Alcohol goes to my head and makes me needy. I want attention. I start feeling sorry for myself. I dance inappropriately, say offensive things, maybe even get aggressive. The worst part is that I have no idea to what extent because I blackout after not very many drinks. The loss of memory causes me to have a great deal of shame, anxiety and depression for the following days as well as experiencing a physical hangover (usually sickness).

The physical hangover usually also makes me buy junk food. So as well as consuming calories through alcohol, I am also eating more junk food.

Alcohol is also a poison which strips your body of hydration and nutrients which affects your immune system and your fitness (something I am currently working hard to improve).

When I am sat around everyone drinking I think to myself;

If I were to drink right now, I may do something silly.

If I stay sober, I can enjoy my night and not worry about embarrassing myself. I will be able to laugh at everyone else getting drunk.

One of the guys called me boring for not drinking and I said ‘How am I boring? I am staying up late with everyone, chatting to everyone and having a good time! The only difference is that I will be able to remember what I have done tomorrow, not feel like shit and I will be allot nicer than if I were to drink.’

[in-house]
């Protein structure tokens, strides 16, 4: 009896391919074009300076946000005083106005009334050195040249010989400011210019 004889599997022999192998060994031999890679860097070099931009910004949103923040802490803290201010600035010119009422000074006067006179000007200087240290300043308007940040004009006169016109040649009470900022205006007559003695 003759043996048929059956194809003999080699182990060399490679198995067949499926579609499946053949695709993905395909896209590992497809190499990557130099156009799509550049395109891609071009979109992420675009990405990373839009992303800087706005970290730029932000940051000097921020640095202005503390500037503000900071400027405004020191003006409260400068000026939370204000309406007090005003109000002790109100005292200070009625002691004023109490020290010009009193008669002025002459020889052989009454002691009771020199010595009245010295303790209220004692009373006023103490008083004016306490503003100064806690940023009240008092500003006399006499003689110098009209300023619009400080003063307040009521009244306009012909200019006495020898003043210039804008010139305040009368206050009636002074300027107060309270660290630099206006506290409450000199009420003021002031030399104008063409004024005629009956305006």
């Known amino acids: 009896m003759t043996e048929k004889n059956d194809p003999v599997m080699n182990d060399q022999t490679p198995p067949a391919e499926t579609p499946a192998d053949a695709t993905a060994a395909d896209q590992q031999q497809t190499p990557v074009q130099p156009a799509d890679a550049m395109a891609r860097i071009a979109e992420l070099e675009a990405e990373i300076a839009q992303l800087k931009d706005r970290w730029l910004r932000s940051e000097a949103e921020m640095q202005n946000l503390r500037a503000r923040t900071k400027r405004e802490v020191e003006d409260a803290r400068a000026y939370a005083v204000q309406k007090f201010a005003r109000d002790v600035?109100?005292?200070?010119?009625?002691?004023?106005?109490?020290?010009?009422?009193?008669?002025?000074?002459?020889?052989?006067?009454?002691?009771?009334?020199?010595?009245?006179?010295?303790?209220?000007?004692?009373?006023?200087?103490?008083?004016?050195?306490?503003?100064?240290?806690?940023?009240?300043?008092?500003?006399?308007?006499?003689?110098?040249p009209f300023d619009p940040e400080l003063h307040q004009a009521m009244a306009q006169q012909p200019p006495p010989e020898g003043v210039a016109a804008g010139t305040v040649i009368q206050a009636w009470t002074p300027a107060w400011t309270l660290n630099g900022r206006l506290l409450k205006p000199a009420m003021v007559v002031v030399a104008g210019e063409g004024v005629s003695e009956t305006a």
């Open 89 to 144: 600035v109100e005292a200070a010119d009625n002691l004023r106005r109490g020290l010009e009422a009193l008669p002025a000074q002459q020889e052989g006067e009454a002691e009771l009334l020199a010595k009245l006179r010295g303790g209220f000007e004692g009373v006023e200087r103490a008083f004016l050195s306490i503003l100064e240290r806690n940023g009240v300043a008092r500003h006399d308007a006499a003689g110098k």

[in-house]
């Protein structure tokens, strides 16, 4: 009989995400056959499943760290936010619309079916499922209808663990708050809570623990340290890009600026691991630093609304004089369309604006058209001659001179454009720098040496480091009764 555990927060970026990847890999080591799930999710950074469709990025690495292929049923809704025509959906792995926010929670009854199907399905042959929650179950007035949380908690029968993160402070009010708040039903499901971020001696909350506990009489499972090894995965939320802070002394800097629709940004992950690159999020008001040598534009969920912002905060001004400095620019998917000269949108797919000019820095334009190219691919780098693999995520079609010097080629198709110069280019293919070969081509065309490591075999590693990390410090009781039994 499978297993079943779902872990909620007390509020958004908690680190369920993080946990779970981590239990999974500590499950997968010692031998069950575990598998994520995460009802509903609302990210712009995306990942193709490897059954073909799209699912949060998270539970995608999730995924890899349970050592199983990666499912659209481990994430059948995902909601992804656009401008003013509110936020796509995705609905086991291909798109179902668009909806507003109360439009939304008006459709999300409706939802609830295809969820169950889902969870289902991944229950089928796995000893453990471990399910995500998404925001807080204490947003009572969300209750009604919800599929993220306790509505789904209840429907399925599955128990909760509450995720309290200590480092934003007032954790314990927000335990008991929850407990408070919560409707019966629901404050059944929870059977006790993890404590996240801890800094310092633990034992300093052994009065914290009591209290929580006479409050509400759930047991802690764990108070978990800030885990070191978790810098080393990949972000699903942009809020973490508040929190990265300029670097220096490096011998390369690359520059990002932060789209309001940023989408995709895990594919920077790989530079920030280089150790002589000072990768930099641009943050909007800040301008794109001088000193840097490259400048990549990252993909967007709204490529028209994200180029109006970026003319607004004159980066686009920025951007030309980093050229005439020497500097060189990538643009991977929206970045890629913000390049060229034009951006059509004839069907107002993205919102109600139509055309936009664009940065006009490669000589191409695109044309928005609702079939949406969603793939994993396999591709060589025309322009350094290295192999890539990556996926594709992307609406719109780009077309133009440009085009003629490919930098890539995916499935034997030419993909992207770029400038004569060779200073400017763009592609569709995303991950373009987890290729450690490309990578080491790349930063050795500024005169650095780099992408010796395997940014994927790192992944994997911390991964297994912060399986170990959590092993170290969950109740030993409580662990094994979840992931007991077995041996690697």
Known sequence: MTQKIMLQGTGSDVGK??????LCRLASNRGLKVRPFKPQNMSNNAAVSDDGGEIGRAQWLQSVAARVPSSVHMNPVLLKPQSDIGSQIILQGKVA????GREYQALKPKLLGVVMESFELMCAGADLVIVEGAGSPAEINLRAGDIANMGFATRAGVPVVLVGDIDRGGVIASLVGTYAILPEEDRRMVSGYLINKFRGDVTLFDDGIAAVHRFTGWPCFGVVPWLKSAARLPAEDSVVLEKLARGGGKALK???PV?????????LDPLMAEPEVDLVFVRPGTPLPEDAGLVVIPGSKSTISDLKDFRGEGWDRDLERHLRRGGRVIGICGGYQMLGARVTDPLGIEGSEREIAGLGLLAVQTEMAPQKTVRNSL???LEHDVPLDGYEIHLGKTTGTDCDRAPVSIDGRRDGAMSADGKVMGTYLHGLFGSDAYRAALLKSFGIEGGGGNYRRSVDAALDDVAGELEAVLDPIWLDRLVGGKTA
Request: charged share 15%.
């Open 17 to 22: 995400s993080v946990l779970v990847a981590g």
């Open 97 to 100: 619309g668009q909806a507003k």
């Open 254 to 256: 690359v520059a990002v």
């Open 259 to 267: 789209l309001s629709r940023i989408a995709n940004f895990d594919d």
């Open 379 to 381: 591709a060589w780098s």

I know he was joking but I wanted to make my point.

Too many people rely on alcohol as a social crutch. Too many people assume the only way to have fun is to be off your face but that just isn’t true.

Every time I hang out with people and have a very nice time and do a lot of laughing I remind myself that life is still fun without drink. I remind myself that I am not boring, I can be funny and enjoy myself. It just takes a while to adjust.

A lady at AA told me that AA is way more than just stopping drinking. At the moment, I am not sure what that means. Obviously it relates to the steps, but I haven’t experienced that shift in my mind. Maybe these past 10 weeks have been about acceptance. Perhaps I have finally accepted and now I am ready to tackle the things that follow sobriety.

Hopefully as time goes on, things will start making more sense.

The Wedding aka. The Last Binge

In Alcohol, Drink, Drinking, health, sober, Sobriety, Uncategorized on August 27, 2016 at 4:58 pm

The weekend before my last binge, I had been to my friends birthday in London and managed to drink responsibly.